The Coffee Break. 3 October 2014.
While I sit here enjoying my soft chocolate marble ice cream, I thought I might do a bit of writing for you lovely readers out there. After all I write, you read, and everyone walks away smiling (figuratively of course). Let us all take a few steps back from the rush of games industry-related topics and focus on The Old Republic – that MMO that you might be sick of reading about this late into the life cycle.
Indeed my subscription ended as of today – 3 October 2014 – and what I managed to do during the period of time to which I was subscribed was quite refreshing for someone who has played MMOs since his early days. Indeed the gameplay did get a bit stale (hence my voluntary withdrawal from the subscription), but the game itself is quite good to say the least. Start to end the game delivers on the well-known Bioware-style storytelling, and so long as you are leveled a bit past the required number (or have a mob of friends tagging along) the combat is not too difficult.
What I did find as a barrier for my total immersion into the story arcs for the classes was the level requirements. Unfortunately because the game is an MMO, the act of leveling a character is a must if one is to fully enjoy the story without dying too much. This immersion-breaking barrier got the better of me, and in the end I was unable to complete the story arcs for any of my classes – though I managed to level two characters to within range of level forty, and slightly past level forty.
With that said though the game is not bad, and I keep saying this because after the burnout period has passed, the game can come back as a refreshing experience. Indeed I do enjoy the Star Wars universe, and I prefer to enjoy an extensive story over – say – mindlessly raiding and attacking loot caves (Destiny), but in the end the game does what no other MMO does – it tells a story in an interactive way, and the dialogue is well-presented to the audience. Sure Guild Wars 2 can be classed as “superior” when comparing things like immersion and so forth, but when you compare the Living World story arc to – say – Kuat Drive Yards, Kuat wins this round because it allows lower level players to join in on the fun, and not have to sit on the sidelines and wait. Yes the current Forged Alliances story arc does the same thing as the living world, but such is the nature of the MMO market. The endgame is what keeps people engaged, and if the company fails to provide an adequate endgame, then people will stop playing altogether.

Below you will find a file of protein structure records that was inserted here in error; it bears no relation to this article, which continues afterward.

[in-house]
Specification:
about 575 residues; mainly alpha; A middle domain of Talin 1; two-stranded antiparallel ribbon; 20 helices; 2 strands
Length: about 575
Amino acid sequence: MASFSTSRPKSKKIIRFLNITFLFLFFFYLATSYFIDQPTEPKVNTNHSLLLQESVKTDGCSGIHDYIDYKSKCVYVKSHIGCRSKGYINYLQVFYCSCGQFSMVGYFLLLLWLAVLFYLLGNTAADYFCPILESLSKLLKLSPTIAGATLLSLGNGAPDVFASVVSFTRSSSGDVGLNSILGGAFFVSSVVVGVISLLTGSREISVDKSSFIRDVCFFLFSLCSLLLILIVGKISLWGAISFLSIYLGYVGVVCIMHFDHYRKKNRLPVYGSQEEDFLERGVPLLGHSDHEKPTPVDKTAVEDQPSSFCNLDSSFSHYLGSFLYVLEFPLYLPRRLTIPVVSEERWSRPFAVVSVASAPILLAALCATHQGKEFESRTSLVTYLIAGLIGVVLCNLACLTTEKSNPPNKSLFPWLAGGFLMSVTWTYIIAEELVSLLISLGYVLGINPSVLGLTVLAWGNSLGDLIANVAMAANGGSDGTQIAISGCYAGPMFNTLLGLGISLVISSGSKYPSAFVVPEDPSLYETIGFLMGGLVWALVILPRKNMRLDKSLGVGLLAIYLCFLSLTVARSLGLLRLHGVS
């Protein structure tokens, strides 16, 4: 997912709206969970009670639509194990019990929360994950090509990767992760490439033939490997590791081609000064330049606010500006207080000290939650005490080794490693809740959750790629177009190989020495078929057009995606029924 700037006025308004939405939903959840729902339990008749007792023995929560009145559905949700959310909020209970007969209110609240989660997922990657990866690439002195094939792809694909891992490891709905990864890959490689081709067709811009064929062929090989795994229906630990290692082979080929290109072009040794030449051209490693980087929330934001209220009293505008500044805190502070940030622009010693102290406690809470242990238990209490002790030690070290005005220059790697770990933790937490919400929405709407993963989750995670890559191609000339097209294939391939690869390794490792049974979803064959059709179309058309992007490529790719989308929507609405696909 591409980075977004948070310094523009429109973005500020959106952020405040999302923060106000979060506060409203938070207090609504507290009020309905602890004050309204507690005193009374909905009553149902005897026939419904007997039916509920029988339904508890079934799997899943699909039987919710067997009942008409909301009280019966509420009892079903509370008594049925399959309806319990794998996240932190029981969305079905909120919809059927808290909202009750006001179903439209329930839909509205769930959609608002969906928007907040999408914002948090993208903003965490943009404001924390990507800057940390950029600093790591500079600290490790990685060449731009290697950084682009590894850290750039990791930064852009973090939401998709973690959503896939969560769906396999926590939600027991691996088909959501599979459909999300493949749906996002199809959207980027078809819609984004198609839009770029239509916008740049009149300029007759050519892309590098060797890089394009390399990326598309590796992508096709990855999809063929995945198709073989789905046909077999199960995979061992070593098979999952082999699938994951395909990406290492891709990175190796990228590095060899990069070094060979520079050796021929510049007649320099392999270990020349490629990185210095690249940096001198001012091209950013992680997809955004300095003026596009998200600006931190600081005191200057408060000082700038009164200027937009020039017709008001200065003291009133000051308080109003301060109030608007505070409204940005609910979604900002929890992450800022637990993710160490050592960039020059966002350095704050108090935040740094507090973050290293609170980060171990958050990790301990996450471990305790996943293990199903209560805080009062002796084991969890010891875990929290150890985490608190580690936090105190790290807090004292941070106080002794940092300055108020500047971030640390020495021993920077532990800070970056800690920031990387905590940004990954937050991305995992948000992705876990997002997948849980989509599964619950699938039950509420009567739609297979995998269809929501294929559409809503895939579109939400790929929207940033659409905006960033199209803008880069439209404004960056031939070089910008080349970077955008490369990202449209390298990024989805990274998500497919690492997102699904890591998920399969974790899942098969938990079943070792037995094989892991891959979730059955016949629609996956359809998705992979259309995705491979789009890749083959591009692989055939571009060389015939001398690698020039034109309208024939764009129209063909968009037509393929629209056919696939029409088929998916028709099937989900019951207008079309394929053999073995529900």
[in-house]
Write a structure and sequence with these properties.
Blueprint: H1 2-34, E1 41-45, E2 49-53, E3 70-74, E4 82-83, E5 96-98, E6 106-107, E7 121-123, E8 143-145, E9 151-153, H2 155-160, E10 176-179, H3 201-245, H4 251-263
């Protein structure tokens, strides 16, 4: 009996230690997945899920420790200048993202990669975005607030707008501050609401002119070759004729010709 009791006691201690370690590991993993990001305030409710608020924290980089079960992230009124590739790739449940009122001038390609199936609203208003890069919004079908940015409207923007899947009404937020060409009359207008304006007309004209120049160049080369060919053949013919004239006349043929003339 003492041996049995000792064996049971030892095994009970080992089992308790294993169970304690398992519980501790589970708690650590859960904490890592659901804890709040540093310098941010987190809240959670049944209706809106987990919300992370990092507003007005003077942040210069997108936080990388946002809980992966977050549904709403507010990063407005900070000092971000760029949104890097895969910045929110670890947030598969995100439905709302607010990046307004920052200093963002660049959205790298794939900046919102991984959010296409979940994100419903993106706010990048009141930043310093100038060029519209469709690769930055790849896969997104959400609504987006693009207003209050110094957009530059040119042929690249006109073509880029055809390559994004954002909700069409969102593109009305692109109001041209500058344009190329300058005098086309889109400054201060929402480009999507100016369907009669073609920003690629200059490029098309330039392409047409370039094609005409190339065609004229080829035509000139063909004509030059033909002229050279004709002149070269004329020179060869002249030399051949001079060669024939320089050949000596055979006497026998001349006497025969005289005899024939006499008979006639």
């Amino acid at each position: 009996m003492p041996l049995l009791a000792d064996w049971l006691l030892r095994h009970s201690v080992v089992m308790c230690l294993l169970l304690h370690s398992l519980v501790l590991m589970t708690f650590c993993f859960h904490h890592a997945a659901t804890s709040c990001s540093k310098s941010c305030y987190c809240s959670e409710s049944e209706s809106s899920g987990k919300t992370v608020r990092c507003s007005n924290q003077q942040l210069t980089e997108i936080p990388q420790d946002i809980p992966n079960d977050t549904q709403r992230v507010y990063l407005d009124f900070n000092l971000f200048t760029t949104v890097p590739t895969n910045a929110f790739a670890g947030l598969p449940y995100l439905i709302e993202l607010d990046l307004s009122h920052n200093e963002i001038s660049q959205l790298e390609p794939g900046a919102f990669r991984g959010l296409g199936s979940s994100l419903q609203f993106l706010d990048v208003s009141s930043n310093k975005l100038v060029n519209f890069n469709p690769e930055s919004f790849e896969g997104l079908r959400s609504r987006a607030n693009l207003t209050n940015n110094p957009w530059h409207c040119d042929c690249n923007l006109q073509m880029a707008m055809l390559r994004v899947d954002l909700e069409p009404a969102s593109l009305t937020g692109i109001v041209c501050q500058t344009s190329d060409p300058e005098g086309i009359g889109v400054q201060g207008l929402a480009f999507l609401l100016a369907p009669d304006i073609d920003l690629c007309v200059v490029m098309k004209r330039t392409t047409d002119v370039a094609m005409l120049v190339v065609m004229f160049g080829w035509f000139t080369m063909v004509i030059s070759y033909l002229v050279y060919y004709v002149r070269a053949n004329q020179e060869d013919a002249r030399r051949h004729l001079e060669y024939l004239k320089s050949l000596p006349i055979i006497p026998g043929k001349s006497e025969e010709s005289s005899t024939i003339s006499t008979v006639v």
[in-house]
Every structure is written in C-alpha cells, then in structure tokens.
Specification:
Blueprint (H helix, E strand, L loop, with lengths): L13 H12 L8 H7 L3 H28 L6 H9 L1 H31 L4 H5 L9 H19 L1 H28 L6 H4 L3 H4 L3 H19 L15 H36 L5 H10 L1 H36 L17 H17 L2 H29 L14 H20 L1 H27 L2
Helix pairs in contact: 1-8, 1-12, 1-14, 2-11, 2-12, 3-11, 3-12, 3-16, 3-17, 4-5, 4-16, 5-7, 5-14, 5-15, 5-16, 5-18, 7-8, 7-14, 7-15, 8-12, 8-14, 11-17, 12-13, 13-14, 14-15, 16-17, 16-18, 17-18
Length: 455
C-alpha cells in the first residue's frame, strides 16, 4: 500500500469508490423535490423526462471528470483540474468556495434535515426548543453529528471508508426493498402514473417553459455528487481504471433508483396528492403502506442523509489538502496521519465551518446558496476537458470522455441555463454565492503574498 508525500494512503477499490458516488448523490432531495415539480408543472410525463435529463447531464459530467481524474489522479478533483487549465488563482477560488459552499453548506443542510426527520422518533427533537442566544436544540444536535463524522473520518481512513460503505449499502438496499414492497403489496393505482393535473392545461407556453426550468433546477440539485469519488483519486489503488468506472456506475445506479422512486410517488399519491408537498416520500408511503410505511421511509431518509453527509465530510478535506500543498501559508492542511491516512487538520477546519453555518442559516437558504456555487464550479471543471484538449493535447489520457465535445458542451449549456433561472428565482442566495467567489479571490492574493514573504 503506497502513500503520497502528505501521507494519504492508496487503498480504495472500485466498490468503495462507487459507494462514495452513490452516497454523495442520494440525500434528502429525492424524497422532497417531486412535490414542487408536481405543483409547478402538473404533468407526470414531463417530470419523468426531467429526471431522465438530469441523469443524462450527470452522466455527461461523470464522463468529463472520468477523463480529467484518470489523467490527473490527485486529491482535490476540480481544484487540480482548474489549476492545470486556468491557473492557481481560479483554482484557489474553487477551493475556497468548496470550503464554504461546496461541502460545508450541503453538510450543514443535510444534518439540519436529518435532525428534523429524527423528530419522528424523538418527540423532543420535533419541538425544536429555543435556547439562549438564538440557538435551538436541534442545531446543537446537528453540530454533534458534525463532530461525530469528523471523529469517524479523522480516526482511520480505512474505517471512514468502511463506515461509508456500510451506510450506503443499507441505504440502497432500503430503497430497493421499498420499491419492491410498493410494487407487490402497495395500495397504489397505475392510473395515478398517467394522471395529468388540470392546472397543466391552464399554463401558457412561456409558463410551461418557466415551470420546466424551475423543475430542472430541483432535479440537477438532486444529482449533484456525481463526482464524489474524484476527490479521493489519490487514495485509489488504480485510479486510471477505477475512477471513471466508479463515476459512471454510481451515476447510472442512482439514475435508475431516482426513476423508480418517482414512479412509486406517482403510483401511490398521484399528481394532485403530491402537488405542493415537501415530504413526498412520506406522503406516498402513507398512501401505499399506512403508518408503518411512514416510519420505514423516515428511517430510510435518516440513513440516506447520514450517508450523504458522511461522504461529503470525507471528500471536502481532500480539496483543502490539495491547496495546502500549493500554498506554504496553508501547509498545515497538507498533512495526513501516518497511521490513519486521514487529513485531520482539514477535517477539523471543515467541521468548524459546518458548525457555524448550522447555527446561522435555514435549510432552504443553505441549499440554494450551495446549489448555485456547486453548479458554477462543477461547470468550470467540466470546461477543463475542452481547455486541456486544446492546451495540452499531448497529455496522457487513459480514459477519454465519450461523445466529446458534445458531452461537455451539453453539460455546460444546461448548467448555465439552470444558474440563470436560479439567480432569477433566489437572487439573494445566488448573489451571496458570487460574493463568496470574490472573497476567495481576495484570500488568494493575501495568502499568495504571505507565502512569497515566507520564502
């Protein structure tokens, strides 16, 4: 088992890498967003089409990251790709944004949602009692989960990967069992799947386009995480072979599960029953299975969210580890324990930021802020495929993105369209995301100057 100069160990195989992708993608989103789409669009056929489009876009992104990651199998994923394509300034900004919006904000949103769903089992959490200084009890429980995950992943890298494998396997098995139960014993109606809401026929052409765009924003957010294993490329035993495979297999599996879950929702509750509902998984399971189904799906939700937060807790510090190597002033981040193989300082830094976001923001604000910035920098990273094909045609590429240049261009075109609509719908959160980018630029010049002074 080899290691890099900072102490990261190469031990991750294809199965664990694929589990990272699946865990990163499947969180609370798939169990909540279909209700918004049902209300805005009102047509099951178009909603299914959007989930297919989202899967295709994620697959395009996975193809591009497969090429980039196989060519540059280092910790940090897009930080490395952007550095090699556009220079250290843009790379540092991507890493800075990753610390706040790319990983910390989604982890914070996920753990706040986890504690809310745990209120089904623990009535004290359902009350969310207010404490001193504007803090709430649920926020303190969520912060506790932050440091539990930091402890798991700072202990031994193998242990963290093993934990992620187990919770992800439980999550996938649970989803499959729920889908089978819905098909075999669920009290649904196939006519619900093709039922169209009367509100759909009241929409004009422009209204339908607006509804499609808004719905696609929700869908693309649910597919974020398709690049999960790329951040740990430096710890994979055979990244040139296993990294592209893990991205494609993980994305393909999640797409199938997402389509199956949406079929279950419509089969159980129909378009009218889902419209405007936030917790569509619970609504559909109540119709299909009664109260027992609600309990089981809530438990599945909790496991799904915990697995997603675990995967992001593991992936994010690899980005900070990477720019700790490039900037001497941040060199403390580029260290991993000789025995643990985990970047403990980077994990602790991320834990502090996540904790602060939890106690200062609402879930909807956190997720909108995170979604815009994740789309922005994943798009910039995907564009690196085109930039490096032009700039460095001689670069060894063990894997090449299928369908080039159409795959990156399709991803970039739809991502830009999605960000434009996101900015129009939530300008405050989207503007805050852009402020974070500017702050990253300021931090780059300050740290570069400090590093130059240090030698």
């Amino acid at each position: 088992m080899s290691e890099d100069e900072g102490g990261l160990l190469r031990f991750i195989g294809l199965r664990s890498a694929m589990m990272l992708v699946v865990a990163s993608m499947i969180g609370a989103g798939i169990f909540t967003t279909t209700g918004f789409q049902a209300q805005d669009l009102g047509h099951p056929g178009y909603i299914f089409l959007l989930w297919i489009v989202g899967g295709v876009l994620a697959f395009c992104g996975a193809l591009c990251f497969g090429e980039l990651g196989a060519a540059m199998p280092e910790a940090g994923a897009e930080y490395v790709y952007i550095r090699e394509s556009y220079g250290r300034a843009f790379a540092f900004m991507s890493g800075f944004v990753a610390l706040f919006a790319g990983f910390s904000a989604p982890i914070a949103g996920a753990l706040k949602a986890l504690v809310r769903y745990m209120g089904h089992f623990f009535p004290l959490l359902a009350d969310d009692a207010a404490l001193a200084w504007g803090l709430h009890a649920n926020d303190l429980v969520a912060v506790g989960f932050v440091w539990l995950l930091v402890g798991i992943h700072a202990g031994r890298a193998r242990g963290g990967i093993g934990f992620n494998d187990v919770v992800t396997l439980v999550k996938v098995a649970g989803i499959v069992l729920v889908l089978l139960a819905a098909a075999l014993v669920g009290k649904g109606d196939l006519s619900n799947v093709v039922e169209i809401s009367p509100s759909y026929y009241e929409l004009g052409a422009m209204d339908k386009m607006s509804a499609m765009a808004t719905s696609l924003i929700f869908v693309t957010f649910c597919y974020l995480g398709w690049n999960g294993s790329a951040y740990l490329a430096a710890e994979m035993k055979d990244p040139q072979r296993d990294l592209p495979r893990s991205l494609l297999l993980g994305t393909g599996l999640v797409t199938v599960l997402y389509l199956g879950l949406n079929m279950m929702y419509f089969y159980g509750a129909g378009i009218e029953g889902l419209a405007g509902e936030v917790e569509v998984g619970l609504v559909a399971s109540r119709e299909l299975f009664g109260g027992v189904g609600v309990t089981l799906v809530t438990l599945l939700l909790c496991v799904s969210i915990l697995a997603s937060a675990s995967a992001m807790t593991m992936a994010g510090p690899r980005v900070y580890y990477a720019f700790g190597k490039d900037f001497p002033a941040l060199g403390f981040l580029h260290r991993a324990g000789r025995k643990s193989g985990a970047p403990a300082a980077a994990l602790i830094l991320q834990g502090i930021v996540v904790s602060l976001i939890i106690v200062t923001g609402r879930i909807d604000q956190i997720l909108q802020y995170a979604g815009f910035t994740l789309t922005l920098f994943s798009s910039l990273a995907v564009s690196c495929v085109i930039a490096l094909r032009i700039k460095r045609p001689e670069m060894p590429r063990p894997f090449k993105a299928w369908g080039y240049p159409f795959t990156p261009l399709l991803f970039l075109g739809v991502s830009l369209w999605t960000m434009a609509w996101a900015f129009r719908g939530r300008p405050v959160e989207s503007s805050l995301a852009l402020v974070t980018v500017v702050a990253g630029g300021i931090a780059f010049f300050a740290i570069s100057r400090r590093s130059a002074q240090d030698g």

Thanks to The Old Republic, I discovered some wonderful voice actors like Jo Wyatt who voiced the female Imperial Agent in the game. After that experience, I picked up Dragon Age 2 not too long ago, and am in the process of playing through the game as the female Hawke (Jo Wyatt voices her). The game opened up a few new interests for me, namely spy stories and more complex plot development. Indeed I enjoyed the Sith Warrior’s story arc, but the agent seemed more – well – suited to my tastes. The twists and turns, the action, the suspense, the changes in the character, and how the dialogue was delivered (most importantly) all added up into one amazing story arc to play through (and to watch on Youtube).
Would I return to this game in the near future? Absolutely, and without a doubt I would recommend this title to friends and family (more so friendly than family because the family are less into video games). Every game has their burnout moments, and if the game is worth its weight in salt, then people will return to them after taking a break from the title. Breaks are important in any aspect of life – be it exercise, work, relationships, and/or gaming. Down the road I may re-subscribe to the game and go forth from there. Hopefully by that time I will stop making so many bloody alternative characters, and focus on the Imperial Agent in order to finish the bloody story arc and get my satisfaction. Only time will tell, so let us rest and sleep lightly – for we await the call to action once more. This has been the writer for the 3rd of October 2014: stay comfy out there, and I shall see you next time.